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Powell, who returned to Goldman in a senior role after leaving her job as Trump’s deputy national security adviser, is said to be strongly considering the job but also weighing family concerns. Powell already lives in New York, when the U.N. is based, but has young children and left the administration in part to spend more time with family. She is also said to be happy in her job at Goldman.
Powell, born in Egypt and raised in the United States, is well liked by Trump as well as the president’s daughter Ivanka and son-in-law Jared Kushner. But she is already coming under criticism from some conservatives on social media who argue that Powell is a “globalist” not closely enough aligned with Trump’s “America first” foreign policy approach. Trump on Tuesday described Powell as a “person I would consider” when asked about her possible nomination. “She is under consideration. We have, actually, many names,” Trump said.
OTHER NAMES — Other potential Haley successors include: Richard Grenell, the U.S. ambassador to Germany, who previously served as a spokesman for the U.S. Mission to the U.N.; and Kelly Craft, the U.S. ambassador to Canada. Some Trump supporters on Twitter on Tuesday pushed for Grenell over Powell.
People familiar with the matter said the White House has been in touch with Powell about the job and that Powell asked for some time to consider it. The White House did not immediately respond to a request for comment. Haley posted a picture on Twitter over the weekend of her on a boat with Powell and Powell’s fiancé David McCormick, the co-CEO of global investment firm Bridgewater Associates.
DISCLOSURE ISSUES? — Two people familiar with the matter also cited the need for more extensive financial disclosure for Powell and potentially for family members than was required for her pervious role in the White House, as a possible concern. While at the Trump White House, Powell served as both an economic adviser and a specialist on the Middle East and other foreign policy initiatives.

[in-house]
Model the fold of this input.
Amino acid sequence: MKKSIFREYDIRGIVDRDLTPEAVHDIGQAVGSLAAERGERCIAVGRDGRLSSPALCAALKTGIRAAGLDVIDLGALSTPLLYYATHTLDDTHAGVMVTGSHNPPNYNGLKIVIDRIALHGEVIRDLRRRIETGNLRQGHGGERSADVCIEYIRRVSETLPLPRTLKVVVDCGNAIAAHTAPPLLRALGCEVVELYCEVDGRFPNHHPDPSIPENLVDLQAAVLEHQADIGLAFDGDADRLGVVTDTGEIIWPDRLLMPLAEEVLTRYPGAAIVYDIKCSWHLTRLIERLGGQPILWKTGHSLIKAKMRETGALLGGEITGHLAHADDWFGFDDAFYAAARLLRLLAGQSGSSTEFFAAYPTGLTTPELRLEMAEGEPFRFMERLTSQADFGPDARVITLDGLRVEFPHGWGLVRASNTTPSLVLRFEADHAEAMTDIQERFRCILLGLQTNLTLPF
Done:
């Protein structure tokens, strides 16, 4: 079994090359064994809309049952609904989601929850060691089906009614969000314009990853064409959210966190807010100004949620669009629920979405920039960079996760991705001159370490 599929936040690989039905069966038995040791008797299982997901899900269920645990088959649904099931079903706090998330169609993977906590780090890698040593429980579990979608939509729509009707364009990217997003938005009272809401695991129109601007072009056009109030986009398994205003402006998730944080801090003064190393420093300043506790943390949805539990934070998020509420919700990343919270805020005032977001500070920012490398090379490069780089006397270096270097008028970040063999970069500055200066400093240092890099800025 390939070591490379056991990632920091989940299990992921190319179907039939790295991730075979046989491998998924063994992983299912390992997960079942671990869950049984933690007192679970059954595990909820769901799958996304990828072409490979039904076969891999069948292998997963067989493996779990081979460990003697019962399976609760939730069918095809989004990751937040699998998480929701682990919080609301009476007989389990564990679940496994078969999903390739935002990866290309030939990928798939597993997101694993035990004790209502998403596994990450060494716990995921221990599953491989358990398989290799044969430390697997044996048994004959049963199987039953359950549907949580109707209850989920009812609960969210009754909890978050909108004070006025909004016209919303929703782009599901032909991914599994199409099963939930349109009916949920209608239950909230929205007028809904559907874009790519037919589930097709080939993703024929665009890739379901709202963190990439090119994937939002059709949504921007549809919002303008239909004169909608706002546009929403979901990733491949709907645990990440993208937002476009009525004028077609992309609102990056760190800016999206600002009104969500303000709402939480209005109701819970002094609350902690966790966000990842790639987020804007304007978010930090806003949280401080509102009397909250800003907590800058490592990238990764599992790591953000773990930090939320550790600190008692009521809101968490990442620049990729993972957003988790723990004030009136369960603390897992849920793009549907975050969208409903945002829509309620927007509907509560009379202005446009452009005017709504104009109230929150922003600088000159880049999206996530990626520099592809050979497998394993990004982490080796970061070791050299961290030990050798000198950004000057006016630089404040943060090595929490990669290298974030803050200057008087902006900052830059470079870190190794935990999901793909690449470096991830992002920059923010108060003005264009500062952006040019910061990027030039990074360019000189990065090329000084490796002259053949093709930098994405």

BOTTOM LINE — As of this moment, this job is Powell’s if she decides she wants it. And it’s a dream job for her so chances are she finds a way to yes. But absolutely nothing in Trump world is a done deal until it’s announced and finalized. The president could easily move on to other names depending on whomever he talks to in the coming days.
CNBC’s Brian Schwartz also reported on Powell as a candidate: “Powell … has had discussions with senior members of the administration about possibly succeeding … Haley as U.S. ambassador to the United Nations.
“In the days leading up to Haley's sudden and surprising resignation Tuesday, senior White House officials reached out to Powell about possibly taking the role, according to three people with direct knowledge of the matter.” Read more .
NEW NAFTA IS NOT DONE YET — The newly drafted trade agreement between the United States, Mexico and Canada still has multiple details that need to be worked out and includes a provision directly aimed at China that has angered leadership in Beijing.
On the latest POLITICO Money podcast , POLITICO Pro Canada’s Alexander Panetta breaks down exactly what’s in the revamped NAFTA deal, known as the “U.S. Mexico Canada Agreement” and the legislative and political challenges it still faces.
And South China Morning Post Washington correspondent Owen Churchill explains how Beijing is reacting to the USMCA and where the trade war between the U.S. and China is headed.
** A message from Morgan Stanley: Are we on a path toward $90 oil? Morgan Stanley’s Global Oil Strategist, Martijn Rats, says even though U.S. shale output is surging, demand for jet fuel, diesel oil and other middle distillates could push oil prices higher. Read more about what this could mean for investors. **
TRUMP DINGS THE FED … AGAIN — POLITICO’s Victoria Guida: “Trump took aim once again at the Federal Reserve on Tuesday, arguing that the central bank could be hiking interest rates more slowly but saying he has not spoken to Fed Chairman Jerome Powell about it. ‘The Fed is doing what they think is necessary, but I don’t like what they’re doing,’ Trump told reporters on the White House South Lawn, referring to the Fed’s series of rate increases.
“‘The numbers that we’re producing are record-setting,’ he said. ‘I don’t want to slow it down even a little bit, especially when you don’t have the proble...